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Author Topic: OTD - 6th January (1968) - Hixon Accident  (Read 397 times)
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« on: January 05, 2022, 11:46:12 pm »

Rail Level Crossings have inherent risks - where something (usually not another railway) crosses on the flat, or at such a level that trains cannot safely proceed while the other user(s) are making use of the crossing. For low speed tramways and light rail, where the train driver can see the crossing and stop short of any obstacle, risks are lower but once you get a train travelling where it cannot routinely stop short of an obstacle, you need either a good visibility to users (and users who understand too) or controls (physical and / or signalled).

If something does go wrong, more often than not it's the crossing user rather than the train that comes off worst - but that's far from always the case and certainly wasn't on 6th January 1968 when a Manchester to London express ploughed at 80 mph into a lorry carrying an electrical transformer at a level crossing in Hixon, Staffordshire, and resulted in the death of 11 people. and

"The basic facts of the tragic accident are not in dispute. At approximately 12.26 p.m. on Saturday the 6th January, 1968, in clear visibility, the 11.30 a.m. Manchester to Euston express, a 12-coach train carrying some 300 passengers and weighing (with its locomotive) 491 tons, running at about 75 miles per hour collided with a heavy road transporter carrying a 120-ton transformer over the automatic crossing. As a result of that collision the train driver, the second man, and a spare driver in the locomotive were killed, and so also were eight passengers in the train. Forty-four passengers and a restaurant car attendant were injured, six of them seriously...

The immediate cause of the accident is plain. The level crossing was thirty feet long from the nearest half-barrier to the furthest rail and no vehicle of the length of the transporter could traverse it within the 24 seconds' warning period before the arrival of an express train unless it moved at more than six miles per hour: but this transporter was going at only two miles per hour. Neither the crew of the transporter nor the police escort knew the time sequence of operation of automatic crossings, and so did not realise that they would have such short warning of the onset of a train. Consequently, no one paused to consider whether a train might be imminent. Nor had any of them observed the Emergency Notice, or become aware of the provision of a telephone in the half-barrier apparatus, so no one telephoned the signalman to enquire whether it was safe to cross."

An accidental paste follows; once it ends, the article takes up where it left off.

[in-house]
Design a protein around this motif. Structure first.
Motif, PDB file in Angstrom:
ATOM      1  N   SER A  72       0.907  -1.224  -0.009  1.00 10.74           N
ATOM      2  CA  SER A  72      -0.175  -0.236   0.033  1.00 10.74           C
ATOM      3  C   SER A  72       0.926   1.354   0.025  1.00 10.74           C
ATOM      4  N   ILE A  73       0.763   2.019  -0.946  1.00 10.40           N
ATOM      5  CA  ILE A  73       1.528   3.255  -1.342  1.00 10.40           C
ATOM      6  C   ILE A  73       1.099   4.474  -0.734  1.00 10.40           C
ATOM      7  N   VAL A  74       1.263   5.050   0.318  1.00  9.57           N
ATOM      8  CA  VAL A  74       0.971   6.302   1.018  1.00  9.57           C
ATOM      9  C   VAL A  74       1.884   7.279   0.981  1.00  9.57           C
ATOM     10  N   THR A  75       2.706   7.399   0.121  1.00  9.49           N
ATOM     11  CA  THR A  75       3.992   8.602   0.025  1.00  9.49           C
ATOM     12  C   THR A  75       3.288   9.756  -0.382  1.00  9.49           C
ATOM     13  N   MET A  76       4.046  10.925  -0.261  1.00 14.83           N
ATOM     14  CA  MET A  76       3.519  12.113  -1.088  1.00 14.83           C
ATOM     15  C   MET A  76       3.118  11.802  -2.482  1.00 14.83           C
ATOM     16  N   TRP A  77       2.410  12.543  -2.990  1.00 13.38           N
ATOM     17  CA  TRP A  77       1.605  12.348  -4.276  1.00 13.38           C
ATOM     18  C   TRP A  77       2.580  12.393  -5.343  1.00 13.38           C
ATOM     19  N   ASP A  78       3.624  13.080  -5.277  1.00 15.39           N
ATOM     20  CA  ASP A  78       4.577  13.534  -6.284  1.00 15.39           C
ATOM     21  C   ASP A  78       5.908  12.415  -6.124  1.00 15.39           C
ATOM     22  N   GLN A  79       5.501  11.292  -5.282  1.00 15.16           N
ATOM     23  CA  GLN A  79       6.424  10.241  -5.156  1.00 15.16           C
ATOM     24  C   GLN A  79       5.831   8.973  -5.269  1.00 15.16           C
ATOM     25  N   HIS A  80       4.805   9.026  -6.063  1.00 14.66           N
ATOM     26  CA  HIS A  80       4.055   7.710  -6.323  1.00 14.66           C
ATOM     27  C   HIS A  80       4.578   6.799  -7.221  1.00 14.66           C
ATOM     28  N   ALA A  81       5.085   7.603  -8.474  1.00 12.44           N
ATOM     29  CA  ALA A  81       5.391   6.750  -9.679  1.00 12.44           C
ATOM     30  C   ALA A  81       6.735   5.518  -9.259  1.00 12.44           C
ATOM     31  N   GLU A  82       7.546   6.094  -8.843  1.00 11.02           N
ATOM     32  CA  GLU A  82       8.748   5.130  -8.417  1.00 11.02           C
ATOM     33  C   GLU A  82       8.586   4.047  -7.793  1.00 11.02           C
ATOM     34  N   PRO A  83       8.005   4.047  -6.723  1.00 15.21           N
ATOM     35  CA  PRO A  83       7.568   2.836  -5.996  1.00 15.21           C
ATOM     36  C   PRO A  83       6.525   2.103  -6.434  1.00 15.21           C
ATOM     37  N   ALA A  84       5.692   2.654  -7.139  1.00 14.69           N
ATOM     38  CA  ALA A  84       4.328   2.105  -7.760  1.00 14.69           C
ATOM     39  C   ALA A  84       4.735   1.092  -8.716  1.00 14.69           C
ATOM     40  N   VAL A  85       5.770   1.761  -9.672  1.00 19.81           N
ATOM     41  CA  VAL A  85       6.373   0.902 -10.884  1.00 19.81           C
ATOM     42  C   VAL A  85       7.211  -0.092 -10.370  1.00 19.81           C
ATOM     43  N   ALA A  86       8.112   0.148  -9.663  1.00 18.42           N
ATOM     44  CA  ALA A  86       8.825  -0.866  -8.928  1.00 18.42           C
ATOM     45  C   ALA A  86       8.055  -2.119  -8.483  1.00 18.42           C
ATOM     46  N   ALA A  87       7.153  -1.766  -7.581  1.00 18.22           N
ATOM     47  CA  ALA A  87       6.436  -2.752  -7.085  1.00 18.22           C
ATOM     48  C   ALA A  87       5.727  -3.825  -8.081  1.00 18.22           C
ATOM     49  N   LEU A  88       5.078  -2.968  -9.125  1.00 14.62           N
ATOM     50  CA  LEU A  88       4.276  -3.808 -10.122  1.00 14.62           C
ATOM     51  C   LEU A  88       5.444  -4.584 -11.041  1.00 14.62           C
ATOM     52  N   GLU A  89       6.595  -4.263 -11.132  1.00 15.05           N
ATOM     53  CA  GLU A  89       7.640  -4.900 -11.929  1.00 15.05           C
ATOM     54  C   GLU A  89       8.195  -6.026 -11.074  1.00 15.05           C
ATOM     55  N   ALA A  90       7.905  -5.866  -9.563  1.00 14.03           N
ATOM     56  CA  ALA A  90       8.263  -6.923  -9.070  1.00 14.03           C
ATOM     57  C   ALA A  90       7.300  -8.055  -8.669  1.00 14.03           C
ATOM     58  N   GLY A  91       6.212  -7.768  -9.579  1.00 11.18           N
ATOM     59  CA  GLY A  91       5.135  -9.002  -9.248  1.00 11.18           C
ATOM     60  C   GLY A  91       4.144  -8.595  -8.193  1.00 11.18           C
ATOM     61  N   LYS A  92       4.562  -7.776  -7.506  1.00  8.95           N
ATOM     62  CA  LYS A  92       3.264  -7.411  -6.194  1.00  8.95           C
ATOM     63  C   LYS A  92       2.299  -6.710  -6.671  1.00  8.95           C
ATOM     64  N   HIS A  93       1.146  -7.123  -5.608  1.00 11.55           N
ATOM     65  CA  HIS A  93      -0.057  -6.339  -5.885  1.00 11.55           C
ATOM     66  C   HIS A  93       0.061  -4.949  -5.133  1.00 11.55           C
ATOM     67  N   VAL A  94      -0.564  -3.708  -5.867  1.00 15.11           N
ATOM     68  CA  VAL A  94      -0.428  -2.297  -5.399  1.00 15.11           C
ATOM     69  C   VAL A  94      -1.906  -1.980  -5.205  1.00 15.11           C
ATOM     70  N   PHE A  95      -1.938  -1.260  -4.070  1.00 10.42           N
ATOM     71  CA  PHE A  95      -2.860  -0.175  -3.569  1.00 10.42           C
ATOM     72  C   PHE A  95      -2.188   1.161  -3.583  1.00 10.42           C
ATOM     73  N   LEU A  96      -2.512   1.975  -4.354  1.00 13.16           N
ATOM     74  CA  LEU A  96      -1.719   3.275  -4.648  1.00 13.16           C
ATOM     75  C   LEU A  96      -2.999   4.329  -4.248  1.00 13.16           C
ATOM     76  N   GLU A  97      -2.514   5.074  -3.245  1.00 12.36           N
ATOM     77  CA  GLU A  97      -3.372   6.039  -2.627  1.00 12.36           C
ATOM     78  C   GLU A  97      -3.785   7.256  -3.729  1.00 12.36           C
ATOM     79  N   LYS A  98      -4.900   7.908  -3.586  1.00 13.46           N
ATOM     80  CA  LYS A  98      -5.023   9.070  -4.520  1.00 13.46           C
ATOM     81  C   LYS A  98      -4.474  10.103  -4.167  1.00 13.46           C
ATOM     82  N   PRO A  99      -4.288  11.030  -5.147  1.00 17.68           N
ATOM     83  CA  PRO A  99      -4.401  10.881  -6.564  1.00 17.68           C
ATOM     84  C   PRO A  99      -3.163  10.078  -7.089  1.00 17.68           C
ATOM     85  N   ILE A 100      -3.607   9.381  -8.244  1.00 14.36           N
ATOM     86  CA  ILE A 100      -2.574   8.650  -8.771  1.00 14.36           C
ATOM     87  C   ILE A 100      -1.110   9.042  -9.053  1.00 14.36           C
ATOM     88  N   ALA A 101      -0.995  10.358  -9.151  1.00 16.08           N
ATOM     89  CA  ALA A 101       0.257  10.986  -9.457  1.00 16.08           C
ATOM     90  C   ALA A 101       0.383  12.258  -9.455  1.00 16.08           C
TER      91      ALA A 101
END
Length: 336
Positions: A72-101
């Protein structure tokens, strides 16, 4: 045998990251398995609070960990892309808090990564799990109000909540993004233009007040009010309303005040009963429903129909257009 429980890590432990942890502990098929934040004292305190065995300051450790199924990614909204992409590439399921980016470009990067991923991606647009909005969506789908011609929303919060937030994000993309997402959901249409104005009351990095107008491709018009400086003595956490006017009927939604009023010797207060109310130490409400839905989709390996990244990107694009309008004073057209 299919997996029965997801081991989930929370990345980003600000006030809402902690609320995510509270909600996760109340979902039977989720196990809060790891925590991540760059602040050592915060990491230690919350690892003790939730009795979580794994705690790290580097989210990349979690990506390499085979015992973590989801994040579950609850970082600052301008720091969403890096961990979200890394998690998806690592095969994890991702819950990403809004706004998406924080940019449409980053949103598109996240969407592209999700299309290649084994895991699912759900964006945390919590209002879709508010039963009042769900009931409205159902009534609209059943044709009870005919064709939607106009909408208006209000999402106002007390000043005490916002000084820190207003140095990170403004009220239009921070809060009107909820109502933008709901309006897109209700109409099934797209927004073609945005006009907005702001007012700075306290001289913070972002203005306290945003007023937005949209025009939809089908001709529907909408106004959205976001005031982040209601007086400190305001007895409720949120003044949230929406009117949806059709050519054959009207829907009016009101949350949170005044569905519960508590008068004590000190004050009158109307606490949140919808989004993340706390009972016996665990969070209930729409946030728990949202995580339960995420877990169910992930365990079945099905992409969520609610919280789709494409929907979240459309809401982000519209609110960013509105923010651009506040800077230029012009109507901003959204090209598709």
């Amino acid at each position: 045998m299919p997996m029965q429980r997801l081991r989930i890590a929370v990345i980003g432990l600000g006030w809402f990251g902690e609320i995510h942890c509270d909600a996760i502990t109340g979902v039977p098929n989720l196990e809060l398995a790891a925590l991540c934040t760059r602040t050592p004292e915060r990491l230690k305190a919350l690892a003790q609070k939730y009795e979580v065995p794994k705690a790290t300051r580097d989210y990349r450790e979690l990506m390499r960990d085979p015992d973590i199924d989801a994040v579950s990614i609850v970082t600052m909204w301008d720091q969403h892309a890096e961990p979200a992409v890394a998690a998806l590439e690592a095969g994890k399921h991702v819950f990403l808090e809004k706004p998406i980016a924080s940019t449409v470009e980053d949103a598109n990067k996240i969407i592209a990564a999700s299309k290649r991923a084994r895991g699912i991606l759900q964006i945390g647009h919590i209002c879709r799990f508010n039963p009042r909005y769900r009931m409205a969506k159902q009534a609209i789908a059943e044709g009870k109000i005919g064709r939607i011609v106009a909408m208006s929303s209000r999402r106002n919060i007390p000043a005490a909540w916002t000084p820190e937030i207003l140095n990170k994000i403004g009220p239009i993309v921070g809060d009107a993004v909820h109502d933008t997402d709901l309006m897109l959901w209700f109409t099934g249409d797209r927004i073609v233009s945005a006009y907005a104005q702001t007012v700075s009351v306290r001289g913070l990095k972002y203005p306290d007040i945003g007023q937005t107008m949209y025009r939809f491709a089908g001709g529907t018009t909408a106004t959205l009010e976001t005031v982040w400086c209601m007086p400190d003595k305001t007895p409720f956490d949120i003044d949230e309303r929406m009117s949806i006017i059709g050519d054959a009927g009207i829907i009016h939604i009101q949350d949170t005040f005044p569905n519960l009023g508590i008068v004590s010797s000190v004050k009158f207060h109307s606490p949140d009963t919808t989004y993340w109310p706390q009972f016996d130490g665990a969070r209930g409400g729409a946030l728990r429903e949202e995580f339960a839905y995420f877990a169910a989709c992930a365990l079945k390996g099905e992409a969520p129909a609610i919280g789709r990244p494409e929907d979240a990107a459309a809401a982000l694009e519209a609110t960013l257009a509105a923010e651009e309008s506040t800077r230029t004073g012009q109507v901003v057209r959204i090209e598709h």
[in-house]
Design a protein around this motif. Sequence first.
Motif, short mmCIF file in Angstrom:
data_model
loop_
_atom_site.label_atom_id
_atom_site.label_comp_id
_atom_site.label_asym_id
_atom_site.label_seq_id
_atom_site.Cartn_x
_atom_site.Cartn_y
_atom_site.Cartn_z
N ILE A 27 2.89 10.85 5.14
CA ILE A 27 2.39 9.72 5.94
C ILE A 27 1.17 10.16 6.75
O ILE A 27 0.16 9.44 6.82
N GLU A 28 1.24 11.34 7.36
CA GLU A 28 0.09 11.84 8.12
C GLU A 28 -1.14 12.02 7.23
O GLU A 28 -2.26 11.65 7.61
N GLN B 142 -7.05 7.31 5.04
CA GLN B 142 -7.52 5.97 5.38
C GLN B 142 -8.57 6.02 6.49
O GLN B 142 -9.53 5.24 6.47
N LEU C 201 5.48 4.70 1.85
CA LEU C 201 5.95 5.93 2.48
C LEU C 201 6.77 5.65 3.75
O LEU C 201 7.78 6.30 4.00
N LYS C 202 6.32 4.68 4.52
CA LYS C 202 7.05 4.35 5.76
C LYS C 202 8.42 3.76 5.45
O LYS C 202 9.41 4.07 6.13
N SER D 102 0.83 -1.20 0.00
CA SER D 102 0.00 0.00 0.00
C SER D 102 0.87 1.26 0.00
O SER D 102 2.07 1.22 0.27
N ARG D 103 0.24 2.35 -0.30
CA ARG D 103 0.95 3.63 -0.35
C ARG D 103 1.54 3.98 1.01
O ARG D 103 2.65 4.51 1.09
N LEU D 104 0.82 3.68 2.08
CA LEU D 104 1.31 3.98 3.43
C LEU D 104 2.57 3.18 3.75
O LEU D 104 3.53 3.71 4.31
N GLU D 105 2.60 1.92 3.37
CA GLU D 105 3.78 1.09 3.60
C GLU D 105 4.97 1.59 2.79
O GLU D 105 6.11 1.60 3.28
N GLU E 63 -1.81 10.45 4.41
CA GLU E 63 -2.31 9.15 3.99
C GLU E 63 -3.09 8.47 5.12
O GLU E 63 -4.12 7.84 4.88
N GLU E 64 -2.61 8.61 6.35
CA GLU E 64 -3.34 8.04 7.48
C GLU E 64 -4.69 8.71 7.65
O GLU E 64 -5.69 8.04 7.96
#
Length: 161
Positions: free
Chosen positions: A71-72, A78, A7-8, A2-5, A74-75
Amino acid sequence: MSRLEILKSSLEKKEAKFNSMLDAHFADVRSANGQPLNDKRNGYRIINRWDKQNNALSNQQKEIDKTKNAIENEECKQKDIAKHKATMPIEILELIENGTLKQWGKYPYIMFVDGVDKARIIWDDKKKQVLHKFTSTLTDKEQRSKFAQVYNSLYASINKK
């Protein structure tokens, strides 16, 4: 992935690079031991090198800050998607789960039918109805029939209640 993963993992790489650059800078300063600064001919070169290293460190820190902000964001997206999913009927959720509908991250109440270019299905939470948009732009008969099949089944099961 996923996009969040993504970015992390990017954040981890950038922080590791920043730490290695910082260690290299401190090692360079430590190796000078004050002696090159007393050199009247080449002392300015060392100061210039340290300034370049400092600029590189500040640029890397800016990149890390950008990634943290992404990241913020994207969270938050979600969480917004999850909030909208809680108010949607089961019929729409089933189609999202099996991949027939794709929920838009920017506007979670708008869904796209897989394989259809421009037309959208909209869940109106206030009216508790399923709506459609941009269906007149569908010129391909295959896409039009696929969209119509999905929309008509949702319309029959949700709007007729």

Some illustrations from the report: 24th August 2010 ... and again ...

A tanker driver has been arrested after a collision between his vehicle and a passenger train on an unmanned level crossing which injured 21 people, one of them critically.

The two-carriage diesel train collided with the 44-ton heavy goods vehicle on Bures Road in Little Cornard, Sudbury, yesterday.

A passenger who received severe abdominal injuries after becoming trapped on the train is in intensive care in a critical condition.

Five other victims - three men and two women - were kept in hospital overnight with fractures and cuts while fifteen other passengers also received treatment.

Sadly, through the year I will come back to some other significant accidents involving level crossings, and road vehicles being on the railway when and / or where they should not be.

Coffee Shop Admin, Vice Chair of Melksham Rail User Group, and on the board of TravelWatch SouthWest.
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« Reply #1 on: January 06, 2022, 10:44:57 pm »

There's more on this forum's previous thread on the topic.
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